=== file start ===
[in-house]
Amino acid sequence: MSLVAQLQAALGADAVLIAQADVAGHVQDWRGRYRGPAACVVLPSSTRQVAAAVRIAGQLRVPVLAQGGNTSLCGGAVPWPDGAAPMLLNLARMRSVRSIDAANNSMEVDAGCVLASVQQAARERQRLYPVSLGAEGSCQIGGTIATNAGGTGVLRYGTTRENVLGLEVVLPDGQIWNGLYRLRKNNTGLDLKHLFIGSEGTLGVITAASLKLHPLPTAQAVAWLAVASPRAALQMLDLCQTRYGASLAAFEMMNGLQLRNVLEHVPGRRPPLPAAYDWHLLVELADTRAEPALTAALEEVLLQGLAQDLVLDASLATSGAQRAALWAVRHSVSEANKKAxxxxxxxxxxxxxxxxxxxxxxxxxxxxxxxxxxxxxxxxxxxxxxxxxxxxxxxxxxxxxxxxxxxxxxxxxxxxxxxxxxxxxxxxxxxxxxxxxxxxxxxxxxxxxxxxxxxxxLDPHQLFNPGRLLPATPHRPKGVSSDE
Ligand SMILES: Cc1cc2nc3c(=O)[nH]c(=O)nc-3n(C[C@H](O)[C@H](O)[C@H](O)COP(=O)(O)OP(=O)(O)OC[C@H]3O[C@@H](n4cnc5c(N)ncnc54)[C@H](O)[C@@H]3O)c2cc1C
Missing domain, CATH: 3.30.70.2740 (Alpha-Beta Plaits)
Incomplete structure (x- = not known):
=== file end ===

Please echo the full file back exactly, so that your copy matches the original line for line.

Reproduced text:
[in-house]
Amino acid sequence: MSLVAQLQAALGADAVLIAQADVAGHVQDWRGRYRGPAACVVLPSSTRQVAAAVRIAGQLRVPVLAQGGNTSLCGGAVPWPDGAAPMLLNLARMRSVRSIDAANNSMEVDAGCVLASVQQAARERQRLYPVSLGAEGSCQIGGTIATNAGGTGVLRYGTTRENVLGLEVVLPDGQIWNGLYRLRKNNTGLDLKHLFIGSEGTLGVITAASLKLHPLPTAQAVAWLAVASPRAALQMLDLCQTRYGASLAAFEMMNGLQLRNVLEHVPGRRPPLPAAYDWHLLVELADTRAEPALTAALEEVLLQGLAQDLVLDASLATSGAQRAALWAVRHSVSEANKKAxxxxxxxxxxxxxxxxxxxxxxxxxxxxxxxxxxxxxxxxxxxxxxxxxxxxxxxxxxxxxxxxxxxxxxxxxxxxxxxxxxxxxxxxxxxxxxxxxxxxxxxxxxxxxxxxxxxxxLDPHQLFNPGRLLPATPHRPKGVSSDE
Ligand SMILES: Cc1cc2nc3c(=O)[nH]c(=O)nc-3n(C[C@H](O)[C@H](O)[C@H](O)COP(=O)(O)OP(=O)(O)OC[C@H]3O[C@@H](n4cnc5c(N)ncnc54)[C@H](O)[C@@H]3O)c2cc1C
Missing domain, CATH: 3.30.70.2740 (Alpha-Beta Plaits)
Incomplete structure (x- = not known):